I started to deploy LibreNMS at home as a way to see all the systems on the network and any outstanding issues they may have. This is outside of log aggregation that I plan to do with ELK. Its been fairly smooth, running through the installation guide, https://docs.librenms.org/Installation/Install-LibreNMS/ for CentOS 8 (my standard Linux flavor at home for servers) was a breeze, then we just needed to add SNMP devices. I’ll post more when the whole system is together and I have a chance to put dashboard together, but for now I thought I would post some snags I hit.
SNMP v3 is considered a lot more secure than older versions, so I am sticking with that wherever possible. There are a few commands you need for SNMP v3 in its strongest mode that makes sure no one can read the data, authpriv. Username, password, crypto password; password and crypto password also have different modes available. AES or DES for crypt, and MD5, or SHA for password hashing. Some devices now offer SHA-256, or SHA-512; LibreNMS does not, so lookout for that, a few of mine had to drop down to MD5 to find a matching mechanism. Every device defaults to port 161 with UDP for SNMP. You can also run SNMP over TCP.
Before I dive into different devices and how to configure them to work with LibreNMS/SNMP, I suggest getting familiar with snmpwalk as a command. It lets you quickly test and figure out if your setup is working, since if the settings are wrong in LibreNMS device setup, it erases them for you to start again. Some devices have you white list or select which IPs will be reading SNMP, testing from your LibreNMS host can save you some pain as well.
Windows Servers easily support it, and have a guide on the site. This page walks you through it, https://docs.librenms.org/Support/SNMP-Configuration-Examples/ and a lot of other devices. This is one where the easy solution is SNMP v2, Windows does allow easy white listing for SNMP servers, that made me feel good enough about the security over not having SNMP v3.
snmpd via the link above. Your stock LibreNMS host gets a premade config, that can be easily copied.
Ruckus/Brocade Switch on FastIron Switching Firmware 8.0.90d
The below commands add SNMP v3 to the switch. You need to make a group that you specify which privileges it has, then add a user to that group with the required password and crypt password that SNMP v3 in authpriv mode needs. Here 192.168.3.10 is my LibreNMS host, librenmsuser is my user, xxxxxxxxxxxx is my password and yyyyyyyyyyyy is my crypto password.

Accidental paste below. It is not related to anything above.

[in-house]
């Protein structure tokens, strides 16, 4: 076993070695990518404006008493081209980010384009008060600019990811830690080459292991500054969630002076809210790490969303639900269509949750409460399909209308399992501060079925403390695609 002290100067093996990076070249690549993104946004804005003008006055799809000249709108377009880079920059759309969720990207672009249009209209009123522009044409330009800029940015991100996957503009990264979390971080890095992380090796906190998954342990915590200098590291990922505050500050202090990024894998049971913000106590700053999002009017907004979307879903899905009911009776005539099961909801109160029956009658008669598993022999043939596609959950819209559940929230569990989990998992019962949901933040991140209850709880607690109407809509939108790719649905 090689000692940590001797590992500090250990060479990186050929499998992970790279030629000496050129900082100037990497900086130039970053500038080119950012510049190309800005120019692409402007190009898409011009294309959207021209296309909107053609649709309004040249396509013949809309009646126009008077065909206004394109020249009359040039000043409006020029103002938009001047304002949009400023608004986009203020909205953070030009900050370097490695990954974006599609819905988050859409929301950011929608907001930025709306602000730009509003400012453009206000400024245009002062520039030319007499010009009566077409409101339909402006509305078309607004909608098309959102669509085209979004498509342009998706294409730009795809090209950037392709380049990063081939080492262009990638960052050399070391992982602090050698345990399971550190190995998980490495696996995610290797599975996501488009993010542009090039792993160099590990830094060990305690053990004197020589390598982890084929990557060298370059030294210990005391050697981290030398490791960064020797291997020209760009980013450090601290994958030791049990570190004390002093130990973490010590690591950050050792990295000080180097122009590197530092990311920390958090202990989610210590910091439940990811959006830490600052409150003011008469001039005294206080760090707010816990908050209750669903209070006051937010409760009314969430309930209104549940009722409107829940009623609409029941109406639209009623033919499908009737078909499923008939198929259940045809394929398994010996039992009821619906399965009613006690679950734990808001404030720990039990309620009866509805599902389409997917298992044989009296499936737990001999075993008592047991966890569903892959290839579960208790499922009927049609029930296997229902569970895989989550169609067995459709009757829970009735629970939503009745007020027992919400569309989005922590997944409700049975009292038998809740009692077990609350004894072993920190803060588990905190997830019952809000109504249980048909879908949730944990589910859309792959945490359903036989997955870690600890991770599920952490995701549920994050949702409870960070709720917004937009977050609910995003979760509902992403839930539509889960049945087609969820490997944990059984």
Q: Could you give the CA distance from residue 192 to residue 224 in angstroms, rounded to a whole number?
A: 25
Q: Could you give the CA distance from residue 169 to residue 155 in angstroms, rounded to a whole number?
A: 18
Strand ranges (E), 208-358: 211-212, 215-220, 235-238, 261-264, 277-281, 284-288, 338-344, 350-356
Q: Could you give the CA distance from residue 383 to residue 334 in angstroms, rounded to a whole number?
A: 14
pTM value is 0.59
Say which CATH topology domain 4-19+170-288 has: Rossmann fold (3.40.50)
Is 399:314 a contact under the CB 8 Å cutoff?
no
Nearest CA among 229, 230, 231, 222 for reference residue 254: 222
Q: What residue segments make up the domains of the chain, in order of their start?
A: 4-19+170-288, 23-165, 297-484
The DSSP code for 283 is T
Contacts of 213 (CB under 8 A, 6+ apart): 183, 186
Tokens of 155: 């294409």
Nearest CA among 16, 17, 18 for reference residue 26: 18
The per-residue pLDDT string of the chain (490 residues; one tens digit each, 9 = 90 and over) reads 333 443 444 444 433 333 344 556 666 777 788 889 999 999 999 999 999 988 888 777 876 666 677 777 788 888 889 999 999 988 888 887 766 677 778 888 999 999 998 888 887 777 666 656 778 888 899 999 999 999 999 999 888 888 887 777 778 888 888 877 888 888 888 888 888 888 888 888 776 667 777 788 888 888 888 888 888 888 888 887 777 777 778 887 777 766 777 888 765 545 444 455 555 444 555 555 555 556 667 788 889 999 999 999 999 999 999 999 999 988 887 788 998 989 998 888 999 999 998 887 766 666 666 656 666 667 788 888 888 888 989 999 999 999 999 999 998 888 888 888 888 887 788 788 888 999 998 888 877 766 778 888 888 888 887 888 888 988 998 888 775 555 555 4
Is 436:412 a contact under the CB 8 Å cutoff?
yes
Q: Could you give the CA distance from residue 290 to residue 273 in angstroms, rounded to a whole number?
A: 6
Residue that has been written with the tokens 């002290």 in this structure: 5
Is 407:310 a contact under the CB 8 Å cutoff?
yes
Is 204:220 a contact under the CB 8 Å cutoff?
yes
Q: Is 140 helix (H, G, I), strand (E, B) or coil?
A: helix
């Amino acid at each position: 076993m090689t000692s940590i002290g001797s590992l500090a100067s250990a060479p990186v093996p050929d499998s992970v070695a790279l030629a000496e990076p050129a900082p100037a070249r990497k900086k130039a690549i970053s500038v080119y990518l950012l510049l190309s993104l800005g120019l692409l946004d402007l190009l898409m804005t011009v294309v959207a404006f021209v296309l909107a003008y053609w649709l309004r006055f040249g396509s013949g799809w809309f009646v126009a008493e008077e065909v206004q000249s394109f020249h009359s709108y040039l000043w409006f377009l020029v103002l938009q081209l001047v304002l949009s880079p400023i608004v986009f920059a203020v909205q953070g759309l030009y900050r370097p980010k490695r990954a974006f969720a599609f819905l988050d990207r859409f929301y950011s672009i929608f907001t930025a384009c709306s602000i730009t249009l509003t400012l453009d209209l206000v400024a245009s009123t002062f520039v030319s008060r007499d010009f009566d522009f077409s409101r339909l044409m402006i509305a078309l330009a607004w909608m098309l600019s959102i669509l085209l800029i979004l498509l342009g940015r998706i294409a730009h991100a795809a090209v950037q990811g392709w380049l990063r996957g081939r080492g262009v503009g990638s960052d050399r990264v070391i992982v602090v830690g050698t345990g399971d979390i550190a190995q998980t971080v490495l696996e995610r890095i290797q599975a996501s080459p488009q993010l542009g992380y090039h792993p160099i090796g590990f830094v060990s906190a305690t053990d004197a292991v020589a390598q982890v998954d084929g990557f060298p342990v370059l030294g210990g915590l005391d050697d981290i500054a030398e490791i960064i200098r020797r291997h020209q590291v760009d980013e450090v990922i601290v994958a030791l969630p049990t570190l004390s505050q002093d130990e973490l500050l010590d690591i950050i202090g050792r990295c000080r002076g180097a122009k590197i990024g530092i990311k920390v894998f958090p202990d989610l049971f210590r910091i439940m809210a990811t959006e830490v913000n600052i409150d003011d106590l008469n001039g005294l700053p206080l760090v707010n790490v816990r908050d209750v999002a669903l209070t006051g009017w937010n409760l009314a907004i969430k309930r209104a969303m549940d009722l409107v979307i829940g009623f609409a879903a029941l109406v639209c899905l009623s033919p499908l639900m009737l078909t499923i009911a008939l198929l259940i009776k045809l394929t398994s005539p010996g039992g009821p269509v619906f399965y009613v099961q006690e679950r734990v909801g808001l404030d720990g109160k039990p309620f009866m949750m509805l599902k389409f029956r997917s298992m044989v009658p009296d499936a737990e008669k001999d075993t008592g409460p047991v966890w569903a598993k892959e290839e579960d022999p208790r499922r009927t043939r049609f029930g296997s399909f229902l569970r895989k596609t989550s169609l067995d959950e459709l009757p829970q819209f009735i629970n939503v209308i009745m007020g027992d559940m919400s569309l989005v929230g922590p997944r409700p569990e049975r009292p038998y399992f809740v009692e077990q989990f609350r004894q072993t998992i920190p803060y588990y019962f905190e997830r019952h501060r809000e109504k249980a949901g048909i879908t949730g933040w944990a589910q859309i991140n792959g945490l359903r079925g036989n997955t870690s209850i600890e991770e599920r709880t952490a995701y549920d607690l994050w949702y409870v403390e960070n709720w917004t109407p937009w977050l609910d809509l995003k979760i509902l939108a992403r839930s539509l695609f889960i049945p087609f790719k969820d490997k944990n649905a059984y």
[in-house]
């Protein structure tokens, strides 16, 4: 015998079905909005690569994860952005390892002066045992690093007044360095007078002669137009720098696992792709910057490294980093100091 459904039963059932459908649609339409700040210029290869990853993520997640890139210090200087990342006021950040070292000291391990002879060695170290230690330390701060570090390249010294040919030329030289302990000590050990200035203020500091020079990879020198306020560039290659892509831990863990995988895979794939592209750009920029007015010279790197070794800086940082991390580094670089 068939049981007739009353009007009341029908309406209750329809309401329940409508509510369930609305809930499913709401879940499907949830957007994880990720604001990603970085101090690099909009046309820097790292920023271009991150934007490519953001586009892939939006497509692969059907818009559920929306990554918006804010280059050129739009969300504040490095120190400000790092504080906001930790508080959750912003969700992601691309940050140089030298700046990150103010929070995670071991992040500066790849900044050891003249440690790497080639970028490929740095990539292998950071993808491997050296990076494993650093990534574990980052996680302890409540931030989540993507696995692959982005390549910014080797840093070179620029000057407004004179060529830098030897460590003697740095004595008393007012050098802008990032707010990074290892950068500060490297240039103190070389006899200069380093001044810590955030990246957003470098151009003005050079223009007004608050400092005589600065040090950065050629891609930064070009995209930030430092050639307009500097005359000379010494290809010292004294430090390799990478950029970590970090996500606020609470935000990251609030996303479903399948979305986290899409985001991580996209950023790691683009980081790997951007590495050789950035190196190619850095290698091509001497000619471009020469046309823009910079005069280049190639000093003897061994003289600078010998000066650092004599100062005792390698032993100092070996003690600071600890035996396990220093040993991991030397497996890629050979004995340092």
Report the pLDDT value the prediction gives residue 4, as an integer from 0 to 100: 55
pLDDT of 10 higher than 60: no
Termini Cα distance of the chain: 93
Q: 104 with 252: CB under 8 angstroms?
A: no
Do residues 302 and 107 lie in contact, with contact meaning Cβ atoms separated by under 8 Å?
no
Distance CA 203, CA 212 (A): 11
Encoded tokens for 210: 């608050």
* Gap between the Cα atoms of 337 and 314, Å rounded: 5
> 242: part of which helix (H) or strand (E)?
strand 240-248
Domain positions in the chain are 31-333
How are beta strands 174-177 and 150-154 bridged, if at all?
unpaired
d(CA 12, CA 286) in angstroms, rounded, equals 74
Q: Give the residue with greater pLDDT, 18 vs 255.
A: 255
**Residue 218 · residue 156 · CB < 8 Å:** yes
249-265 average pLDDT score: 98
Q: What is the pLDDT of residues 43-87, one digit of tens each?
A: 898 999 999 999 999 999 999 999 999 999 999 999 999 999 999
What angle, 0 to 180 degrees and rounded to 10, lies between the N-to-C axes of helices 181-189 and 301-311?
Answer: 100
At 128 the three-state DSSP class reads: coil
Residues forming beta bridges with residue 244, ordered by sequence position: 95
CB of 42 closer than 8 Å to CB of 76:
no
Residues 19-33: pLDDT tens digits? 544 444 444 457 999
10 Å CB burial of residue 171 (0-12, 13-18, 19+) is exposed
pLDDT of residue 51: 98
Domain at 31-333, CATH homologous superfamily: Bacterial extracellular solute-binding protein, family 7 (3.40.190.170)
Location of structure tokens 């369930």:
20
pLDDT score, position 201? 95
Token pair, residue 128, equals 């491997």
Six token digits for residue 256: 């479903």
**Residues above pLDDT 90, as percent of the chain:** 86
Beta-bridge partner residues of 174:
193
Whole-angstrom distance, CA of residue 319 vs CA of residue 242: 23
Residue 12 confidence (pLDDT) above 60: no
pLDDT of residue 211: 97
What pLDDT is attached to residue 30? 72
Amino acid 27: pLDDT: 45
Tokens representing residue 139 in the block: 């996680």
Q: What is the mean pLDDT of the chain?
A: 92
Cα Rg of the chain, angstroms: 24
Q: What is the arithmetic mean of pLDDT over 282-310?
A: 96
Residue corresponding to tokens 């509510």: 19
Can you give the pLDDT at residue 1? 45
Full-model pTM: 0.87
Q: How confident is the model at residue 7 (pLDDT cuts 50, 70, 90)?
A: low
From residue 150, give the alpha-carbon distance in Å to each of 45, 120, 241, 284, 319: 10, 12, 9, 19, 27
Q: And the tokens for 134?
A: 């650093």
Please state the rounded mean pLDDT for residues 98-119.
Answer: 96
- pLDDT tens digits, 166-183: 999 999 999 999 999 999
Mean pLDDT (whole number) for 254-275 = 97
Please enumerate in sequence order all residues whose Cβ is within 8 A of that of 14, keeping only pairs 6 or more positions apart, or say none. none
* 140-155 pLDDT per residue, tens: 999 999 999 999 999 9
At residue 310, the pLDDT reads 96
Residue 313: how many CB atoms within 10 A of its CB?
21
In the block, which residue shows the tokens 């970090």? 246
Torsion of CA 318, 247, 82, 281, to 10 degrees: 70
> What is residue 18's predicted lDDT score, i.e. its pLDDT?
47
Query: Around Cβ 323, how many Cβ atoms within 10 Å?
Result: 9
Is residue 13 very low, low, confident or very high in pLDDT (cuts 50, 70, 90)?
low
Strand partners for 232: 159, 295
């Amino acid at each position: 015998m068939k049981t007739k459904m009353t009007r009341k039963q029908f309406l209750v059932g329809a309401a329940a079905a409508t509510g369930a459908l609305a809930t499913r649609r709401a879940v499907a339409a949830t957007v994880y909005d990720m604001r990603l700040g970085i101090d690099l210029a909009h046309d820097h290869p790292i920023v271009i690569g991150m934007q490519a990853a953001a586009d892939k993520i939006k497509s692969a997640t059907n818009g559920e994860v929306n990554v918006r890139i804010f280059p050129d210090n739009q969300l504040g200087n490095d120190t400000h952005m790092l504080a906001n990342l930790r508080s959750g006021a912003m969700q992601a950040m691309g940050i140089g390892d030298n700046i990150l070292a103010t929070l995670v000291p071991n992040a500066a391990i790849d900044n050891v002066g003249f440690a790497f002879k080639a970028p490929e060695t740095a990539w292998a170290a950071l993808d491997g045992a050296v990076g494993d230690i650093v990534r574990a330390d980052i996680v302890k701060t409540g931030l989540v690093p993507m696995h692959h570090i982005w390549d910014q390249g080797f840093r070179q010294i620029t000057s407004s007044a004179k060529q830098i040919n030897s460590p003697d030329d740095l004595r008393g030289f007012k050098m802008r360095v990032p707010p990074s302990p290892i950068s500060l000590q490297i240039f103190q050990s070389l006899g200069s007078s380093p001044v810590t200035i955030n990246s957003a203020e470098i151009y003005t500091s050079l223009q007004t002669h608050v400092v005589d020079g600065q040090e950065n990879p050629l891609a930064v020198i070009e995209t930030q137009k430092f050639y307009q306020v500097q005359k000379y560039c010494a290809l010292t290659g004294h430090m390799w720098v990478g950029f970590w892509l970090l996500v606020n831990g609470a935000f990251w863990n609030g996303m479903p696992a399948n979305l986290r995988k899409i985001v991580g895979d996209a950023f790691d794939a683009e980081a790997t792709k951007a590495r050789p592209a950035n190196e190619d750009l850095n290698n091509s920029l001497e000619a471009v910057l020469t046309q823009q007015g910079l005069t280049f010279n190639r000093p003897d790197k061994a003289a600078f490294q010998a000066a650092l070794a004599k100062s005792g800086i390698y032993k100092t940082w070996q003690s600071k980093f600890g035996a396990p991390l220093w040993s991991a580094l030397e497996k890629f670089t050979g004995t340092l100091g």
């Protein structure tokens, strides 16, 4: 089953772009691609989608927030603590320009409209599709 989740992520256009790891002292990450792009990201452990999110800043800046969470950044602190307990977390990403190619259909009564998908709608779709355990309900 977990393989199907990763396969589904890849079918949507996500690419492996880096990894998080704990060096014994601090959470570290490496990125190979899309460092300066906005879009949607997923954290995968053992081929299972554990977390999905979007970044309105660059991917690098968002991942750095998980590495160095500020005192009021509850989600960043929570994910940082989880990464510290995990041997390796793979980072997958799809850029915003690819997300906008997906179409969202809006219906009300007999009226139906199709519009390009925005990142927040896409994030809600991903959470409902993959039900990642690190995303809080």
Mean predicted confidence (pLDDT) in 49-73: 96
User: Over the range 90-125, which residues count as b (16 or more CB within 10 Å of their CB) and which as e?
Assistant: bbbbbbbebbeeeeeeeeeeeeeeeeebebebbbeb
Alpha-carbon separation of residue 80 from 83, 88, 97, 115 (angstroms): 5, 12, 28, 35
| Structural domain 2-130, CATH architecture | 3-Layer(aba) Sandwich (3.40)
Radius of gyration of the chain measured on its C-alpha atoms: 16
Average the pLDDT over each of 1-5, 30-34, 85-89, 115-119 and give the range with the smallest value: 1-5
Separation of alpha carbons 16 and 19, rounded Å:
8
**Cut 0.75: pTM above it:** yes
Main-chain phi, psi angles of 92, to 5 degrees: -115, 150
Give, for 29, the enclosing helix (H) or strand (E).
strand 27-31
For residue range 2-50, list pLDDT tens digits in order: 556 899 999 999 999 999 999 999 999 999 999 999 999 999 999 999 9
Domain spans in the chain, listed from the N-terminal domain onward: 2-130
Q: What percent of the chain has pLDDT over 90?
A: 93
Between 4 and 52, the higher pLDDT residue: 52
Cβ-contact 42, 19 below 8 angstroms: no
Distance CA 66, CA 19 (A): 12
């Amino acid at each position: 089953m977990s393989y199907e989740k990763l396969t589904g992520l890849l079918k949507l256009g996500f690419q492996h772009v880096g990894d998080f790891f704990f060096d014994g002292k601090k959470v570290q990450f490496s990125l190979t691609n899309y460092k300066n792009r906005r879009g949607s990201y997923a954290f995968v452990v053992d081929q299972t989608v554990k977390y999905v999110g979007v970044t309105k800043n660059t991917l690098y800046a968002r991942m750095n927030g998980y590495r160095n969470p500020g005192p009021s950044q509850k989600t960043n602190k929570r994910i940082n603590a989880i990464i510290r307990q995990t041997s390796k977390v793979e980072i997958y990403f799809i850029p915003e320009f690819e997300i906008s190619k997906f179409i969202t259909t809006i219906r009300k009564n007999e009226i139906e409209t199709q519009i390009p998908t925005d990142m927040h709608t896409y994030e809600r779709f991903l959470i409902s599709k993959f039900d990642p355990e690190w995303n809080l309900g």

snmp-server host 192.168.3.10 version v3 priv librenmsuser snmp-server group librenms v3 priv read all write all notify all snmp-server user librenmsuser librenms v3 encrypted auth md5 xxxxxxxxxxxx priv encrypted aes yyyyyyyyyyyy
The Unifi devices gave me the most difficulty. Ubiquti has a few different product lines that are fairly different, thus searching wasnt always the easiest. I saw a few people say they dont really support SNMP or they only supported v1. Unifi device do support full SNMP v3 😀 They even have a cute icon in LibreNMS!
First I was in the Unifi controller attempting to set v3 info. As noted above there are several pieces of info you need to be able to enter into LibreNMS to get a SNMP v3 client to work. The Unifi interface was confusing because it just mentioned Username and Password?
I thought this may enable SNMP on the Controller itself to read data for devices, but checking netstat showed no new ports or anything changing. So what was happening when I change this setting? That’s when I noticed my AP was back in Provisioning Mode because a setting just changed. ITS CHANGING THE AP ITSELF! AH!
The latest Unifi Access Points are just little Linux computers, if you ssh onto them and type “help” you get only a few commands, but a quick double tap of tab shows you have all the normal Linux commands.
BusyBox v1.25.1 () built-in shell (ash) ___ ___ .__________.__ | | |____ |__\_ ____/__| | | / \| || __) | | (c) 2010-2020 | | | | \ || \ | | Ubiquiti Networks, Inc. |______|___| /__||__/ |__| |_/ https://www.ui.com/ Welcome to UniFi UAP-AC-Mesh! UBNT-BZ.v4.3.13# cd .. UBNT-BZ.v4.3.13# more snmp.conf agentaddress udp:161,tcp:161 createUser DanIsTheBest SHA SECRETS! AES SECRETS! rouser DanIsTheBest authpriv
Going back one level I was able to quickly find snmp.conf, which had all the settings I need, and here they are for anyone who needs them.
Unifi APs Use the following for SNMP v3:
- Port 161 in UDP and TCP
- Username is the username you made on the Settings screen
- Password is your password you set with SHA as the hashing method
- Crypto is the same as your password, in AES mode
- SNMP v3 auth mode is authpriv
This one is also fairly straight forward, you need to go to Administration -> Device Access and set which vlans you want to have access to SNMP. Then go to SNMP at the top and setup your general info and then SNMP v3. This is one OS where for passwords they support MD5, SHA-256, and SHA-512; I had to use MD5 since I couldn’t get SHA mode on LibreNMS to connect to either of those newer SHA standards. I will also mention, when you commit your settings in Sophos XG it takes a few minutes for them to take effect. Set everything, then wait at least 2-3 minutes for it to start working, I was jumping around and couldn’t get my settings to take, then waiting a few minutes allowed it all to start working.